Feb. 3, 2012
BY ANDREW LENTZ
INDIANAPOLIS -- Somewhere at this moment, someone is dreaming of playing on football's biggest stage, as three former Vols will do Sunday night at Super Bowl XLVI in Indianapolis.
On the heels of National Signing Day, in which aspiring athletes all over the country chose the route that best suits them to reach their dreams, Shaun Ellis, Deon Grant and Jerod Mayo are preparing to live them.
Ellis and Mayo, members of the New England Patriots, and Grant, representing the New York Giants, all chose Tennessee as a means to reach this moment. And all three attained much more than the opportunity to say, "I'm going to Disney World."
"I think playing at Tennessee, it prepared us for more than just winning," Grant said. "I think that was just natural. That was ingrained in us so early when we first signed there.
"I think they prepared us more being great with our education and also being men, going out there, being successful and not getting in a lot of trouble. I have to say I took that more than anything from signing with Tennessee."
"It makes you grow up," added Ellis. "It makes you become more responsible, and it challenges you. You become a man (at Tennessee). The tradition at Tennessee definitely speaks for itself. Overall, you want to play in the SEC, and you want to play at one of the best schools that has done it for a long time."
Ellis, Grant and Mayo played pivotal roles in Tennessee's tradition. Ellis and Grant were teammates on UT's 1998 national championship team and played on a pair of SEC Championship squads (1997 and 1998). Mayo, a future first-round pick, helped the Vols reach the SEC Championship Game in 2007.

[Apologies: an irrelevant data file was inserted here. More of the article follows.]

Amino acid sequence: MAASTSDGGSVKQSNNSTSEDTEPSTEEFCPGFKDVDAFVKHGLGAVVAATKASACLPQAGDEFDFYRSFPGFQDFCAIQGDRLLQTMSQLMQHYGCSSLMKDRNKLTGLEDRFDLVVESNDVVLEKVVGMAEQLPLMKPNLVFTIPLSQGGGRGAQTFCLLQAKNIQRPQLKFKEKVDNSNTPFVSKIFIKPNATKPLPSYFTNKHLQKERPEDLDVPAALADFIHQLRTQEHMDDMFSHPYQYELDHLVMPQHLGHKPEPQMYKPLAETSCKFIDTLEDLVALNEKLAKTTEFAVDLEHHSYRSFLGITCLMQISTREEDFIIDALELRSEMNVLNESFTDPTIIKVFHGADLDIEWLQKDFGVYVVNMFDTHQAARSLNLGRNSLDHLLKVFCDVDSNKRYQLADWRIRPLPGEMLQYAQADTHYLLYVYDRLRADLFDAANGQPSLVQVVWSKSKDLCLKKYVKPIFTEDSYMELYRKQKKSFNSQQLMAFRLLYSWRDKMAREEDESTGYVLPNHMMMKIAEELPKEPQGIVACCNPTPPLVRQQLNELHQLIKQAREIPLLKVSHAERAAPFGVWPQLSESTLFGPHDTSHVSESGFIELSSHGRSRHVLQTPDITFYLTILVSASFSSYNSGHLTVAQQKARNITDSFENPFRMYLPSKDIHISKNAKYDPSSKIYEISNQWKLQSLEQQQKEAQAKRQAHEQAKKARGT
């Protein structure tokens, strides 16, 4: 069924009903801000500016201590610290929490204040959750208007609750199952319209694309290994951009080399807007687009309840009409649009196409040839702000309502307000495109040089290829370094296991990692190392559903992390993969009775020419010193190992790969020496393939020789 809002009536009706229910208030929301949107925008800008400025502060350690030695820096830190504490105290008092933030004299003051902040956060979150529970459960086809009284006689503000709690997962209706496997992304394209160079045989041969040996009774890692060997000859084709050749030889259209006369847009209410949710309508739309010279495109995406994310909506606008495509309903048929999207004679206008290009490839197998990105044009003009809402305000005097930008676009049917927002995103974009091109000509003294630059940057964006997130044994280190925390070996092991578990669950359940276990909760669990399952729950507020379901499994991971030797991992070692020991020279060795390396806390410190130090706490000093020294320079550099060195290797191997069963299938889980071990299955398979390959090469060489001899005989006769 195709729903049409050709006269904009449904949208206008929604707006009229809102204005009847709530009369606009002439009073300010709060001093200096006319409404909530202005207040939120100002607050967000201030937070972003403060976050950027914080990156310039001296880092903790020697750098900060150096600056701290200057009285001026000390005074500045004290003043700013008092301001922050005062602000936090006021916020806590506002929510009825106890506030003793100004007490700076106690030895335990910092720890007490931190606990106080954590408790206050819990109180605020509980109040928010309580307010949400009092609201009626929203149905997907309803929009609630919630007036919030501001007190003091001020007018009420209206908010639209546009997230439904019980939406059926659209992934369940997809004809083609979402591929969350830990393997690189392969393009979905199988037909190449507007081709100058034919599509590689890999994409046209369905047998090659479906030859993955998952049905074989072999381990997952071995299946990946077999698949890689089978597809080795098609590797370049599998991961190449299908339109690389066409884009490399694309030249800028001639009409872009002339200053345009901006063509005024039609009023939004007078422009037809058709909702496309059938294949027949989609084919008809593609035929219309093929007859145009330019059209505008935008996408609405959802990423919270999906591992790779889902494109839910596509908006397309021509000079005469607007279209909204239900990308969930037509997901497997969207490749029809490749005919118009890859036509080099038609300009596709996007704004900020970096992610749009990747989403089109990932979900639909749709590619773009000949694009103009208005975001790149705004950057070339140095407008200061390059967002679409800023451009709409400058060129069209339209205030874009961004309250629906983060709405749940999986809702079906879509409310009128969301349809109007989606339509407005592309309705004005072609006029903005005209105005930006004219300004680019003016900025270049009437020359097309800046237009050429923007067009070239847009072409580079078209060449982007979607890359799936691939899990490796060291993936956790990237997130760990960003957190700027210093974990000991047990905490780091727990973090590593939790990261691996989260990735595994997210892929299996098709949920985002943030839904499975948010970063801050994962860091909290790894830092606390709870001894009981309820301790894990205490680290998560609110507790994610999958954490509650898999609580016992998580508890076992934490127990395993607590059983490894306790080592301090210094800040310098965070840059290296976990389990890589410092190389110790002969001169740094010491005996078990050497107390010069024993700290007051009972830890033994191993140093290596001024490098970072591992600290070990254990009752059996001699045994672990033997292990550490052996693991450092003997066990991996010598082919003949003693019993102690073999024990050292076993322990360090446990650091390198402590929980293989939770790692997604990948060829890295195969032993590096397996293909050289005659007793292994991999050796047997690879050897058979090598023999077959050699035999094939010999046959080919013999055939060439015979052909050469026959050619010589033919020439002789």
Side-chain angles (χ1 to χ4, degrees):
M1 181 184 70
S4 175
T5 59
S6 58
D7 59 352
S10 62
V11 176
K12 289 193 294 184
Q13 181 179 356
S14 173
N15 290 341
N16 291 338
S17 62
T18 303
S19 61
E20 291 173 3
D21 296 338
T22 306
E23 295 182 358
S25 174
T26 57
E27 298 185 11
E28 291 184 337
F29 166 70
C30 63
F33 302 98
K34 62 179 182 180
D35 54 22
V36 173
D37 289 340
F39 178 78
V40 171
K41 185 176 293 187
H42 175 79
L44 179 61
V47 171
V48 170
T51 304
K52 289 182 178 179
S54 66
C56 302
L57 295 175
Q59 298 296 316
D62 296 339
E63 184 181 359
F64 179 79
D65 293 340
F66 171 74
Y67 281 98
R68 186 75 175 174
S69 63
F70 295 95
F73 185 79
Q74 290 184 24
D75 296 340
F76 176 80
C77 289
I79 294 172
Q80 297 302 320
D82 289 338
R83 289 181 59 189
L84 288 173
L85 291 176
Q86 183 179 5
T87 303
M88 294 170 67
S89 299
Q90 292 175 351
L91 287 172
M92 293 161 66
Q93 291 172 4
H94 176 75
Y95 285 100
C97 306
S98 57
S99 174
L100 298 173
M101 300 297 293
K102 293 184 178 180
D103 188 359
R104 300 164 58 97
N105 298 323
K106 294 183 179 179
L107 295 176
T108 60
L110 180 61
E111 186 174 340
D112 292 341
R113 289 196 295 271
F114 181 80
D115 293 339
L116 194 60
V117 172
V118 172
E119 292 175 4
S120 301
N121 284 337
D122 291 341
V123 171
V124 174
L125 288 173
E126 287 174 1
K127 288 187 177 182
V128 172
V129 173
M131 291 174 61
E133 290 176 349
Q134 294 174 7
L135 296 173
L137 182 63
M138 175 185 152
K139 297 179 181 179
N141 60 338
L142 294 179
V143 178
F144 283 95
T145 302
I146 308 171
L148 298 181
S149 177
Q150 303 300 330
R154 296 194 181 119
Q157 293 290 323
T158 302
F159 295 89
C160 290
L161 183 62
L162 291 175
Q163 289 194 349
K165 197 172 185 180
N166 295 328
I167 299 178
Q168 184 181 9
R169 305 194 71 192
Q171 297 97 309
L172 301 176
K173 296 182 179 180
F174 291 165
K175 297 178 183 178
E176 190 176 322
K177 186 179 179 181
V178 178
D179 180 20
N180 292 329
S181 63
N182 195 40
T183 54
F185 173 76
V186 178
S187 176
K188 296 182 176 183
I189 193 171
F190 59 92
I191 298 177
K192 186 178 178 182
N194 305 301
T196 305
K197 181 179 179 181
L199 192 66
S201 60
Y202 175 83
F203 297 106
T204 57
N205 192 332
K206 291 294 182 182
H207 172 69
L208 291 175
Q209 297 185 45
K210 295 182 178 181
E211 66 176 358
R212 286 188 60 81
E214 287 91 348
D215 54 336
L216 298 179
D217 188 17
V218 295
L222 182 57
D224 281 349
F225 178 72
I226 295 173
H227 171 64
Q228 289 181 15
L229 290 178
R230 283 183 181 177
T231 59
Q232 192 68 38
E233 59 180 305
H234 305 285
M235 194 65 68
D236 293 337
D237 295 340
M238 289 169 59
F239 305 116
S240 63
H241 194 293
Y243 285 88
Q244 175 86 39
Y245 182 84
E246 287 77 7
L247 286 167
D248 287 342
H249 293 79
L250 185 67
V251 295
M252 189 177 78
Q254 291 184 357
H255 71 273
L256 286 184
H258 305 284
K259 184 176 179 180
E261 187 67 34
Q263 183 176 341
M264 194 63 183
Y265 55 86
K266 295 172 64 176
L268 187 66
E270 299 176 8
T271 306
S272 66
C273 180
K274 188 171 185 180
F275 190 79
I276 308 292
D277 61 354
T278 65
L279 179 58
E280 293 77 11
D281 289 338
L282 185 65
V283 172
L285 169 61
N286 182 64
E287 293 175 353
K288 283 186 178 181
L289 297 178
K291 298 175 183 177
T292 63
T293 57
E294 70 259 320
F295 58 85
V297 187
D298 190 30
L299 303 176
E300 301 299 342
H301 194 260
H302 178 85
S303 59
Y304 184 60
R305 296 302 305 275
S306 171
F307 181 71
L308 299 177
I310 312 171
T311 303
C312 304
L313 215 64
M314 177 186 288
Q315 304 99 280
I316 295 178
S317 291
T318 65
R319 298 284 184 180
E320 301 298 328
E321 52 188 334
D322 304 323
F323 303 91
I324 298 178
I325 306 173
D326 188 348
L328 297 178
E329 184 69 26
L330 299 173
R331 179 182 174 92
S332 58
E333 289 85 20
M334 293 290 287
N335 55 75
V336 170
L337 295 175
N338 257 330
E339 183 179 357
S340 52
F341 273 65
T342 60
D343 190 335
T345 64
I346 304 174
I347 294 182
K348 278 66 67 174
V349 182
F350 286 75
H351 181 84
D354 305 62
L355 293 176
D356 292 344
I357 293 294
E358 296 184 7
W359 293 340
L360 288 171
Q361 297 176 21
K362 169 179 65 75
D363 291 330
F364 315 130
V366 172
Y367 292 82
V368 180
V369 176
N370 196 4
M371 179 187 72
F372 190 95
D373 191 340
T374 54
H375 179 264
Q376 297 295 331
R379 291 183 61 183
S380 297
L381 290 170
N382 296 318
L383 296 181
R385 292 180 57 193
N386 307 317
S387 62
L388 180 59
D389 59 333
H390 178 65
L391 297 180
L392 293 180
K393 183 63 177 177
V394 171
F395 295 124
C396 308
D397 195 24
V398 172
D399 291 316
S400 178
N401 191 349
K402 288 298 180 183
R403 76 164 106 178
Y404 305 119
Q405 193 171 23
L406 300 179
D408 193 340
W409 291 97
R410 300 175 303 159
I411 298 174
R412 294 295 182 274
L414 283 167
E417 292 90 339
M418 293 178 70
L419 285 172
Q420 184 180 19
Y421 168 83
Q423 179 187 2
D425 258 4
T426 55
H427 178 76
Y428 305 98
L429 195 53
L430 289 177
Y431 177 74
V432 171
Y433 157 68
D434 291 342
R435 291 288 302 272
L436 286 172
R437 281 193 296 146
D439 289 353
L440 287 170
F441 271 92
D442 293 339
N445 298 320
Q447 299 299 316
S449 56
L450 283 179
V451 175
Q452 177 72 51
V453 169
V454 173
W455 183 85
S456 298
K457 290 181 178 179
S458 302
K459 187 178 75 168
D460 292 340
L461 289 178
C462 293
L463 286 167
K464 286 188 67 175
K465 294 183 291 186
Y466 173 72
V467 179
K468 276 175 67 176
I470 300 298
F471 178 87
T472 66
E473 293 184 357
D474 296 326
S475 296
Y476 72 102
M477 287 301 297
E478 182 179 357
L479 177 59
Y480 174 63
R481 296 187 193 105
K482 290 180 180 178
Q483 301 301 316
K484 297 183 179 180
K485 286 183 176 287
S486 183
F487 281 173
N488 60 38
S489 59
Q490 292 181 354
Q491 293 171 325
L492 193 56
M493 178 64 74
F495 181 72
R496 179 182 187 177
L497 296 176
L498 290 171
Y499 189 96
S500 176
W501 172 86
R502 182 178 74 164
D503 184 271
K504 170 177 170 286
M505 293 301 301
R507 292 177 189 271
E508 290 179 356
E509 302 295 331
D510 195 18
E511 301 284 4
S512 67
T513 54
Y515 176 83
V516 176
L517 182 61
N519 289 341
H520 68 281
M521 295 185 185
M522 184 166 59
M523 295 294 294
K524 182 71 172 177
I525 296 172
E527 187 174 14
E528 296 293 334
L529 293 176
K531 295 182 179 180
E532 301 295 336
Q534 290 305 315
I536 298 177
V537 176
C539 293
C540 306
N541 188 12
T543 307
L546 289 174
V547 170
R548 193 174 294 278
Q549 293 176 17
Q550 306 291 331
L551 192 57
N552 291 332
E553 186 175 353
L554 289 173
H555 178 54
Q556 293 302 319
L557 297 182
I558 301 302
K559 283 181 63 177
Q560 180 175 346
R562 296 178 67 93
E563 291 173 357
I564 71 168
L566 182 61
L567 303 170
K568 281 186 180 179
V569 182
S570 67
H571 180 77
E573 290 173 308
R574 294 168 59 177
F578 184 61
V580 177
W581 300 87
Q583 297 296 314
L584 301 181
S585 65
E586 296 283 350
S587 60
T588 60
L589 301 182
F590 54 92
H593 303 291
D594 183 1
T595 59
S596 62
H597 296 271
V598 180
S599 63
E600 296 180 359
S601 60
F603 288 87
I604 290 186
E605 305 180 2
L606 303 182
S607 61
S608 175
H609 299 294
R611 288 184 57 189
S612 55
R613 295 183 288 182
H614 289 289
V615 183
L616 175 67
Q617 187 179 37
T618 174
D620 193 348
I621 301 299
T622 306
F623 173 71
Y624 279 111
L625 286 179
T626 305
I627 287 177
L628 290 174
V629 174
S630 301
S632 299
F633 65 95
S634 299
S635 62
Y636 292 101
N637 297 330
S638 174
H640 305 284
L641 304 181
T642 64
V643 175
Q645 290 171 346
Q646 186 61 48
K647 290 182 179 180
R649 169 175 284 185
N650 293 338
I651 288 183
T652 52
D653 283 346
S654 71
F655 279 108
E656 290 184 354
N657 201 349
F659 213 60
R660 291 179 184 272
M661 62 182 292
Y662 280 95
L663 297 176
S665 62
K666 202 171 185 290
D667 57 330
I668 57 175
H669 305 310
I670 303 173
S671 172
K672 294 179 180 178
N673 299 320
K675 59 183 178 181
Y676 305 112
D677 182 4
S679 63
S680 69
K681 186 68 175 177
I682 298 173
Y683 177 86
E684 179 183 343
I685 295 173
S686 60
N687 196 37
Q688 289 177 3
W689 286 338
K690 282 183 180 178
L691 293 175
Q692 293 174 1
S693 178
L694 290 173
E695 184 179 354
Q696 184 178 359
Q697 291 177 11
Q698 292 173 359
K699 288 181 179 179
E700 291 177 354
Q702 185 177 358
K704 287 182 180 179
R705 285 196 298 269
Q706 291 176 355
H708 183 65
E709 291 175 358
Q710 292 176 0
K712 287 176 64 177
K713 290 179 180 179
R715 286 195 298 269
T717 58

Individually, all three left their mark, giving their all for a program that has returned the favor and then some.
Grant earned All-American and All-SEC first-team honors in 1999 after intercepting nine passes, which tied for the NCAA lead that season. Ellis was also an All-SEC first-team selection in 1999 after wreaking havoc in the backfield with the fifth-most tackles for loss in a single season by a UT player (19.5). Eight years later, Mayo found himself on the All-SEC first-team roster.
"Those guys (former UT coaches Phillip Fulmer and John Chavis) really paved the way for me as far as becoming a professional," Mayo said. "They take football serious down there, studying film, breaking film and doing things like that. Also, becoming a man. Those guys really had a major influence on my life."
Although Tennessee has helped produce 329 NFL draft choices -- most among any SEC school -- signing a National Letter of Intent to play on Rocky Top doesn't ensure a spot in the league.
Still, Tennessee's program encourages the work ethic to help decrease the gap between dream and reality.
That was the case for Ellis, who grew up in Anderson, S.C.
"Just the overall competition that was there when I came in, and how we went about our business and worked," Ellis said. "We always prepared for a tough day...We responded. We had great leadership on that team. The physicality we practiced with every single day transitioned over to the NFL."
The Vols were at their peak when Grant was wearing orange, and one of UT's best defensive backs of all-time believes Tennessee is headed back to the top with head coach Derek Dooley.
"They're definitely headed in the right direction as far as signing the coach that they have there now because he seems like a genuine coach that definitely cares about the players first and wants to win," Grant said. "That's where it starts at. He reminds me of Coach Fulmer when he was there. He had our best interests at heart first. Coach Dooley is showing that now."
There's a reason that Sunday will mark the 20th Super Bowl in the last 21 that has featured a former Vol, and it all started with a dream.